The most regretful people on earth are those who felt the call to creative work, who felt their own creative power restive and uprising, and gave to it neither power nor time – Mary Oliver
That piece of inspiration sits on my wall as a daily reminder to give the idea of writing power and time.
It’s hard – perhaps because I feel like an imposter some days.
What is a writer? Some people say a writer is someone who writes. Other people say you are a writer when you make a living as a writer. One of those definitions includes a whole whack of people, the other excludes a large swath who spend a great deal of time giving power to their writing.
I have always written – poems and stories. Even before I could write full stories, I had a storybook in my mind which I ‘flipped’ through nightly to tell myself bedtime stories (funny how now I use a meditation app for its sleep stories….).
I have always wanted to give more time and power to creative work. I think, as I go through the process of taking courses, I’ve come to realize that I feared finding out that my writing voice is not good enough, that I am not a ‘good enough’ writer (whatever that means).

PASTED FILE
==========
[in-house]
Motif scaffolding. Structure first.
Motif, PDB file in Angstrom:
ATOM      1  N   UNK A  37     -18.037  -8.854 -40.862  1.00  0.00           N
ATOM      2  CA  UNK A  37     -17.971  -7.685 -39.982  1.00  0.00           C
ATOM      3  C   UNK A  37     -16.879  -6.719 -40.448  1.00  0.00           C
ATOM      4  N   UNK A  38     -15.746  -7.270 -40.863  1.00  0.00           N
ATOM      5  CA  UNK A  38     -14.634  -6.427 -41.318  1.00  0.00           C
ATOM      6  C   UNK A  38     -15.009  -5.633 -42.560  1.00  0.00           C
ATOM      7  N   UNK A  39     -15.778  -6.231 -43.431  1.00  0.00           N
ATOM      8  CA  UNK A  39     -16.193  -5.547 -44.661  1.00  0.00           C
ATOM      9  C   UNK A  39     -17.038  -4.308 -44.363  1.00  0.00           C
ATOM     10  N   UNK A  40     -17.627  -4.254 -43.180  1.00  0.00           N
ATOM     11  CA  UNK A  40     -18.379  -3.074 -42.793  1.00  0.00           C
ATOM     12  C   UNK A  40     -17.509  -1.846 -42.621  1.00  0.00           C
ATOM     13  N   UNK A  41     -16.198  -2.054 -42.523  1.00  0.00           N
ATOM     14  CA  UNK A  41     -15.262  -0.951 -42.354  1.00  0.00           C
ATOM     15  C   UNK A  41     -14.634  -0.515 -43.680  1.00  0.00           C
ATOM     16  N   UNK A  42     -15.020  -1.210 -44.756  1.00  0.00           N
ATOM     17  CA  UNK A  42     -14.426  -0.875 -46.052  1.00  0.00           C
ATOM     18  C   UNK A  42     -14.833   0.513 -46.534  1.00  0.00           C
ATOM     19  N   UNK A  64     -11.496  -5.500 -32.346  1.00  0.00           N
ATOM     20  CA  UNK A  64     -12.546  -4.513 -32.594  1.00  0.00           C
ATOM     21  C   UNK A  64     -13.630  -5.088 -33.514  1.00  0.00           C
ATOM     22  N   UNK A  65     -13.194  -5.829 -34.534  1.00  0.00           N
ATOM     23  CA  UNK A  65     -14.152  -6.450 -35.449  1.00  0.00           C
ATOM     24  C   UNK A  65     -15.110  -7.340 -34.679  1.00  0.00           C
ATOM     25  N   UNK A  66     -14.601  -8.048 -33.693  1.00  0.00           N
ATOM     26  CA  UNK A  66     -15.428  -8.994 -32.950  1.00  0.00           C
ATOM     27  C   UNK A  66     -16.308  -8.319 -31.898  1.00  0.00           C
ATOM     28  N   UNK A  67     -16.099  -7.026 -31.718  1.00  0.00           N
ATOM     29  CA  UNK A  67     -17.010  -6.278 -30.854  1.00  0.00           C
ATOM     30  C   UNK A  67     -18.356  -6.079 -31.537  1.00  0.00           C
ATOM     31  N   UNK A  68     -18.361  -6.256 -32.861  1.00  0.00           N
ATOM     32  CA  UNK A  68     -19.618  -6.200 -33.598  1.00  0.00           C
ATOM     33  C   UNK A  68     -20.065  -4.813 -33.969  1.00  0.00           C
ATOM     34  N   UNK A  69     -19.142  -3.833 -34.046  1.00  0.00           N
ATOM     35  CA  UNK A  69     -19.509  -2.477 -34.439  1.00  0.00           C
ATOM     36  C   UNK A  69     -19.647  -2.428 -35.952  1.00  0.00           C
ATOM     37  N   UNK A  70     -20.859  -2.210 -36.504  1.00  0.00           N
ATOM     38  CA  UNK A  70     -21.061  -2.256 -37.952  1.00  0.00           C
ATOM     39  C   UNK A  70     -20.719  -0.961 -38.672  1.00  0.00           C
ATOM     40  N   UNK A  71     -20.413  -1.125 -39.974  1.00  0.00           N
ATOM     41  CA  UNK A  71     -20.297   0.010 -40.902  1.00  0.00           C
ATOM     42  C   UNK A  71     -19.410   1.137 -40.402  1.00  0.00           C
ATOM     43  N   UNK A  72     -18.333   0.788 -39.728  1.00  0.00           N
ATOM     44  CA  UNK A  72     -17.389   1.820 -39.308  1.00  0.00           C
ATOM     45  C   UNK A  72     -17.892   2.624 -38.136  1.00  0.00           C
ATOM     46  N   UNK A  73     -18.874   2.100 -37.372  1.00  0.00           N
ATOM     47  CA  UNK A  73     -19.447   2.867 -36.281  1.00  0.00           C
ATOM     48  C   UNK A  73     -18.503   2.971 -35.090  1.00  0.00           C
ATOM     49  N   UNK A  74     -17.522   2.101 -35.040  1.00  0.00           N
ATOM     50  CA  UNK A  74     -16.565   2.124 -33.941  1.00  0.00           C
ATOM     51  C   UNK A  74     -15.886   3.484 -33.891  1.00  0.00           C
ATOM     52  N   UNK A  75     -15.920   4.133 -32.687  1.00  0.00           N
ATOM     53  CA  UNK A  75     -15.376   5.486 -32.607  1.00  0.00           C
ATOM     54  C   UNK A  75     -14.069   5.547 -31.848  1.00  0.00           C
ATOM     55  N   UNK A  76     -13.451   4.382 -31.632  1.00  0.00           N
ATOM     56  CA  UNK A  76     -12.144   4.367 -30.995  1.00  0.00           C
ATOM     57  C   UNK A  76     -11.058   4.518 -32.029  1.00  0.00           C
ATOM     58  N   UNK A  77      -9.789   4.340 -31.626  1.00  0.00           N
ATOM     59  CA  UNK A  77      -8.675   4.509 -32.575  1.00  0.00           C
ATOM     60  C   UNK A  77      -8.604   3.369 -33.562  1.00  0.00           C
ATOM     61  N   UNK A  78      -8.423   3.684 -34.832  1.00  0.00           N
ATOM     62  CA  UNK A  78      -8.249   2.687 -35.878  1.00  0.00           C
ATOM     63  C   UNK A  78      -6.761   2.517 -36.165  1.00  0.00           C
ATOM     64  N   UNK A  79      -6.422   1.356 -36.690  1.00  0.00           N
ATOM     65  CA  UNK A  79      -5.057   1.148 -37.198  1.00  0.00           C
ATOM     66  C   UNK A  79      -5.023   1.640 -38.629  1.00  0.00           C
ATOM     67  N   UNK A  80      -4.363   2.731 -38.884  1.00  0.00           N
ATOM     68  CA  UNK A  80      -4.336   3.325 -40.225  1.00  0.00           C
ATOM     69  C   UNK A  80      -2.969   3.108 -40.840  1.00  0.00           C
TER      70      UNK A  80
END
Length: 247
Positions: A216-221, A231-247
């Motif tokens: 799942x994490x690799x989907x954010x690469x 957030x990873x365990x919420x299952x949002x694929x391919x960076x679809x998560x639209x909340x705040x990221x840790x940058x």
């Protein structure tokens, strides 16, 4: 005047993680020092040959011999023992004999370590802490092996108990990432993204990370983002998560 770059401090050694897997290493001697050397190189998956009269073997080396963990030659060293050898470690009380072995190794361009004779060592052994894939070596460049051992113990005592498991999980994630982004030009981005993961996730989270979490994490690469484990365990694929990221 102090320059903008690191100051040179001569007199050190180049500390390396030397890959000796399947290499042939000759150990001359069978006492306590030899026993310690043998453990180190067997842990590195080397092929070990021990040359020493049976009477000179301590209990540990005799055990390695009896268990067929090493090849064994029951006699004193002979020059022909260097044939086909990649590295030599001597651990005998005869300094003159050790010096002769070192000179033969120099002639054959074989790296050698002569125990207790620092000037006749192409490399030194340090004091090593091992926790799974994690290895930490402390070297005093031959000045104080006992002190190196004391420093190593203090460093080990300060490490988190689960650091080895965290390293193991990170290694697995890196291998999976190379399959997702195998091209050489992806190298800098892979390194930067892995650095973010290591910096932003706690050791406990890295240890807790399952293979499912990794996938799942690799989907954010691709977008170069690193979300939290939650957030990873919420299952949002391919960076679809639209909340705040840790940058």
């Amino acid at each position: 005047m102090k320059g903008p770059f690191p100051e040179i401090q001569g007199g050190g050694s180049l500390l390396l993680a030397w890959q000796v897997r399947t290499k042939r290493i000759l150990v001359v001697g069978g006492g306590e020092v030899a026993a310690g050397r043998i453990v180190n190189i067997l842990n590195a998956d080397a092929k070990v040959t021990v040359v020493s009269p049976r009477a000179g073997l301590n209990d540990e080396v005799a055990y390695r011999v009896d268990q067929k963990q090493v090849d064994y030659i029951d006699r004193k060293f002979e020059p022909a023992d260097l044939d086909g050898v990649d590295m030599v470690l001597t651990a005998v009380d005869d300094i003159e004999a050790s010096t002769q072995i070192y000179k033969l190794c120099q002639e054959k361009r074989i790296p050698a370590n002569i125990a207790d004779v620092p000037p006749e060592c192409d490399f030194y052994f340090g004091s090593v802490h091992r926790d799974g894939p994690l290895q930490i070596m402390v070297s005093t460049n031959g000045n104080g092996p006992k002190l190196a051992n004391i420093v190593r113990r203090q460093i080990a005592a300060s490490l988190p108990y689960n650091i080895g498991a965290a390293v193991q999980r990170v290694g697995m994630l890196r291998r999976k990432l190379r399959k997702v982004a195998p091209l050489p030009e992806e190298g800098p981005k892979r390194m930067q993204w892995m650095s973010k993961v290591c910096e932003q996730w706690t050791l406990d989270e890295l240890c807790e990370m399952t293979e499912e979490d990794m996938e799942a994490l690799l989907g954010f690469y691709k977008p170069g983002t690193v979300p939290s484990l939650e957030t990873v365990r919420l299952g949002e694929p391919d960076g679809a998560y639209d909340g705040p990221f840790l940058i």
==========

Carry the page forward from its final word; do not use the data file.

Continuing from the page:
That ‘aha’ moment for me was when I received the comments for my final assignment in my last course. I realized I’d been holding my breath, waiting for my instructor’s feedback. The other assignments I had submitted had not felt risky. This piece had felt like a huge leap of faith. I was not writing fiction; I was writing in my own voice, telling my own story.
The courses I am taking have a pass/fail grading system. It’s all about the comments. The instructor was incredibly supportive, while giving criticism. But, she validated the fact that I am now doing the right thing by taking time to give power to my writing.
A consistent theme with the books I’ve been reading about the writing life show that people often doubt, they always wonder, they throw their work away and start again.
That fear, that wondering if I’m getting it right, well, if nothing else has shown me I am pursuing a creative field – apparently, that’s the tell.
To live a creative life, we must lose our fear of being wrong – Joseph Chilton Pearce
photo: a desktop inspiration quote from @hellowriter (the monthly subscription service from Firefly Creative Writing)